Library improves access to historical texts through technology innovation
ABBYY, a leading provider of document recognition, document capture, and linguistic technologies and services, today announced the Danish Royal Library is currently using ABBYY Recognition Server to digitize their collections. ABBYY provides Optical Character Recognition (OCR) software and expertise in recognizing historic fonts, which helps to transform Europe’s printed heritage into digitally available resources.
ABBYY offers products equipped with the most advanced text recognition technology for printed historic documents. ABBYY has a long experience in developing OCR software, particularly for libraries and universities in Europe that often have the added challenge of dealing with old texts and historic fonts, such as Fraktur and Gothic. Starting in 2008, ABBYY participated in the European Commission’s IMPACT project. The consortium brought together twenty-six European national and regional libraries, research institutions and technology partners to share knowledge and best practices, developing innovative tools to enhance the capabilities of OCR engines. ABBYY played a key role in the IMPACT project by providing state-of-the-art OCR technology and expertise for digitizing historic fonts and extracting text from old documents.
“For our work we needed OCR software with advanced features that could satisfactorily transform scanned pages into full text or XML, particularly when it came to old books, magazines and newspapers,” said Hamid Mehrabi at the Danish Royal Library. “We chose ABBYY Recognition Server for the cutting-edge OCR technology which enables us to process documents of often poor quality much more efficiently. And we know we can rely on this collaboration, as ABBYY is continuously working closely with libraries and the other partners to improve the core technology.”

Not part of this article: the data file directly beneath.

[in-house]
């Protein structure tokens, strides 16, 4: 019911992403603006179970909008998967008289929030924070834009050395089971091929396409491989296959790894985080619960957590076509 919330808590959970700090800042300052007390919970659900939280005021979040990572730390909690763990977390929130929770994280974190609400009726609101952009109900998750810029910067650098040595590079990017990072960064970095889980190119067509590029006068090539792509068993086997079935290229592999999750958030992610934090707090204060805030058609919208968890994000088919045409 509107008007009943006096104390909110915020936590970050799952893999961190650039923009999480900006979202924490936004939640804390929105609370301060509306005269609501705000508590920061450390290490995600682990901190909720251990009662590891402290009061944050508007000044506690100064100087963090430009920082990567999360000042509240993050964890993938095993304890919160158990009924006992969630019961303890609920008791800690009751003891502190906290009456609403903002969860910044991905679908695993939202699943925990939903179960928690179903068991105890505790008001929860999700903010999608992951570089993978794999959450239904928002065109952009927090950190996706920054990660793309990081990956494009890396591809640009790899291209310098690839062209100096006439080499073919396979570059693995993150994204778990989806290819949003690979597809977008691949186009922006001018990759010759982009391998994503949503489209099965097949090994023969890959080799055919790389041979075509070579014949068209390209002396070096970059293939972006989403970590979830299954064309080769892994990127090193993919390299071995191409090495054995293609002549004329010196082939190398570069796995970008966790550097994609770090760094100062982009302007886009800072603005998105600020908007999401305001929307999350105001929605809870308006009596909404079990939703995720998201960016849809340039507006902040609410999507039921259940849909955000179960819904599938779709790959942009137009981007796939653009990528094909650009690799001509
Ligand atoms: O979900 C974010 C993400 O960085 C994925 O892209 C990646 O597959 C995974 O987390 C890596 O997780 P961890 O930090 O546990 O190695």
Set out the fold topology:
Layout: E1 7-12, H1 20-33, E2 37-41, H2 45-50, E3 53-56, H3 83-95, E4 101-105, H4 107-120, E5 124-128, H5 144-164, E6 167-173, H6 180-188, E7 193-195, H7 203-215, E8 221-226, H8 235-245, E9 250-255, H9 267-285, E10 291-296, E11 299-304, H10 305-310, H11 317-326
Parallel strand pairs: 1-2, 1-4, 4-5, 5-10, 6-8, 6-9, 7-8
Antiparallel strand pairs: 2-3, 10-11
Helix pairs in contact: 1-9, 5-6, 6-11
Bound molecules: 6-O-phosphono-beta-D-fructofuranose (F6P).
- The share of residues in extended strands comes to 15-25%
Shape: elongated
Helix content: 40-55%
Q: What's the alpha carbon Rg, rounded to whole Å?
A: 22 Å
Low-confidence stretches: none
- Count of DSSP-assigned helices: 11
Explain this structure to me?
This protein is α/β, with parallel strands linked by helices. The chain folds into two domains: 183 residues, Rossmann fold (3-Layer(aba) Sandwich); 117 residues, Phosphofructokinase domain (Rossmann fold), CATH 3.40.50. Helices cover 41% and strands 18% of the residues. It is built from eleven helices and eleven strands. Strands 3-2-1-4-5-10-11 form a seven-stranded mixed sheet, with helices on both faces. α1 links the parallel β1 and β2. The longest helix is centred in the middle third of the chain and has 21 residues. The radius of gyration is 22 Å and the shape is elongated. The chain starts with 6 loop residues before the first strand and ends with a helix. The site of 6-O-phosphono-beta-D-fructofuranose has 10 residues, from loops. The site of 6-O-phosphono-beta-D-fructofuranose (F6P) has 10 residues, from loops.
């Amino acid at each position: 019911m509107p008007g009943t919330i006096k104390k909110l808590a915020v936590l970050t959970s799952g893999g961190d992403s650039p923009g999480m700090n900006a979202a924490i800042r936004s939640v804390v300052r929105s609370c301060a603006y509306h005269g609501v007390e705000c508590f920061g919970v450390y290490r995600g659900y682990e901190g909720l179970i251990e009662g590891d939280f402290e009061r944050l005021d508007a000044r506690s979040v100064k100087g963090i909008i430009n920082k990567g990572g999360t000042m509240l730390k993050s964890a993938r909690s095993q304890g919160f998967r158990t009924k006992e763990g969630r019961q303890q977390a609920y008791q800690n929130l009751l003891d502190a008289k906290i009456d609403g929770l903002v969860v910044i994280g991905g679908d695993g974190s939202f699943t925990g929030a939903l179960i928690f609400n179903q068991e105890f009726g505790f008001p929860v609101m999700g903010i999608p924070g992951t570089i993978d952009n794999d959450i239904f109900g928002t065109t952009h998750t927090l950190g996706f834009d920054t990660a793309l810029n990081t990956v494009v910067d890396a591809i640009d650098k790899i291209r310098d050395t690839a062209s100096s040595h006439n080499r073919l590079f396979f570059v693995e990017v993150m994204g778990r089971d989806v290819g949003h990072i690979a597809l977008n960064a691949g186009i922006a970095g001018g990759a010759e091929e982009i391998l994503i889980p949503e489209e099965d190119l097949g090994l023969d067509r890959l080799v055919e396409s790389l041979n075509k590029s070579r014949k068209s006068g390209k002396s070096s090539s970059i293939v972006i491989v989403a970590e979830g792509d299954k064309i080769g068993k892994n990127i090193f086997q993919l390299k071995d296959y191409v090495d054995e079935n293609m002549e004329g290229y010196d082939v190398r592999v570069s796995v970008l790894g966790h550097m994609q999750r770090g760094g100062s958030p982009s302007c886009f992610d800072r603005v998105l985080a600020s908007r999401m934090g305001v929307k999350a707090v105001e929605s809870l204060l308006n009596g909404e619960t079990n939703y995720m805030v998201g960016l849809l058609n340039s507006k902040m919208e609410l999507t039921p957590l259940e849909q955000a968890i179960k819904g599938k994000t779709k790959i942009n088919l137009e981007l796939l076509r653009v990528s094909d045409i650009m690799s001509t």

“Digitization not only can help preserve European intellectual and cultural heritage for future generations. It can also unlock and make those treasures available for millions of researchers, students and regular readers around the globe,” explained Bodo Wagener, Vice President of Sales and Services at ABBYY Europe. “ABBYY is excited to contribute to this worthwhile goal at the Danish Royal Library and we appreciate the close and productive collaboration with people who are just as enthusiastic about text recognition as ourselves.”
For more information on ABBYY OCR technology for recognizing historical texts visit: http://www.frakturschrift.com.
The Royal Library in Copenhagen, Denmark (Danish: Det Kongelige Bibliotek), is the national library of Denmark and the university library of the University of Copenhagen. It is the largest library in the Nordic countries.
It contains numerous historical treasures; all works that have been printed in Denmark since the 17th century are deposited there. Thanks to extensive donations in the past the library holds nearly all known Danish printed works back to the first Danish book, printed in 1482.